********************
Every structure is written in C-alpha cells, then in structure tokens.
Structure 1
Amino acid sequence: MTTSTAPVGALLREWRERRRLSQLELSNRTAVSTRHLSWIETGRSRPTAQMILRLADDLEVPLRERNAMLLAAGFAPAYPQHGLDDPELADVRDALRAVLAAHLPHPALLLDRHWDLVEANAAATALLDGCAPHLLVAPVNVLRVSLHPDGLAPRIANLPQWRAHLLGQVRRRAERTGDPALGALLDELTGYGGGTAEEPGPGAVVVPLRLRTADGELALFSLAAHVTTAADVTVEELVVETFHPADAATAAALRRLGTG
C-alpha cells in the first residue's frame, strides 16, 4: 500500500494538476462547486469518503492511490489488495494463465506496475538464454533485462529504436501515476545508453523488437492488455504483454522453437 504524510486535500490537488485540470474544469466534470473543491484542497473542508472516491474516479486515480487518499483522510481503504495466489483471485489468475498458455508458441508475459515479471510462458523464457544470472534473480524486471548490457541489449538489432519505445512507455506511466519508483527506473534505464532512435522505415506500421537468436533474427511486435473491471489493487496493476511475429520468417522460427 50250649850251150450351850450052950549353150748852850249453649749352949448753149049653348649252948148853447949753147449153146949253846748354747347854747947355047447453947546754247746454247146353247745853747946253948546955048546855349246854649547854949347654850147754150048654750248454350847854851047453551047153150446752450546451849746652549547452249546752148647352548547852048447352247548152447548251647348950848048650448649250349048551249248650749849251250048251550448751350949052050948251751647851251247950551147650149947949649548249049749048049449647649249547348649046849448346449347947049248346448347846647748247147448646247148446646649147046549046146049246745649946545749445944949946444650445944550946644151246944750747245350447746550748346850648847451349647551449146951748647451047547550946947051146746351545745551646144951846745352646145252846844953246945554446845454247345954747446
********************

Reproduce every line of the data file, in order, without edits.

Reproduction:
Every structure is written in C-alpha cells, then in structure tokens.
Structure 1
Amino acid sequence: MTTSTAPVGALLREWRERRRLSQLELSNRTAVSTRHLSWIETGRSRPTAQMILRLADDLEVPLRERNAMLLAAGFAPAYPQHGLDDPELADVRDALRAVLAAHLPHPALLLDRHWDLVEANAAATALLDGCAPHLLVAPVNVLRVSLHPDGLAPRIANLPQWRAHLLGQVRRRAERTGDPALGALLDELTGYGGGTAEEPGPGAVVVPLRLRTADGELALFSLAAHVTTAADVTVEELVVETFHPADAATAAALRRLGTG
C-alpha cells in the first residue's frame, strides 16, 4: 500500500494538476462547486469518503492511490489488495494463465506496475538464454533485462529504436501515476545508453523488437492488455504483454522453437 504524510486535500490537488485540470474544469466534470473543491484542497473542508472516491474516479486515480487518499483522510481503504495466489483471485489468475498458455508458441508475459515479471510462458523464457544470472534473480524486471548490457541489449538489432519505445512507455506511466519508483527506473534505464532512435522505415506500421537468436533474427511486435473491471489493487496493476511475429520468417522460427 50250649850251150450351850450052950549353150748852850249453649749352949448753149049653348649252948148853447949753147449153146949253846748354747347854747947355047447453947546754247746454247146353247745853747946253948546955048546855349246854649547854949347654850147754150048654750248454350847854851047453551047153150446752450546451849746652549547452249546752148647352548547852048447352247548152447548251647348950848048650448649250349048551249248650749849251250048251550448751350949052050948251751647851251247950551147650149947949649548249049749048049449647649249547348649046849448346449347947049248346448347846647748247147448646247148446646649147046549046146049246745649946545749445944949946444650445944550946644151246944750747245350447746550748346850648847451349647551449146951748647451047547550946947051146746351545745551646144951846745352646145252846844953246945554446845454247345954747446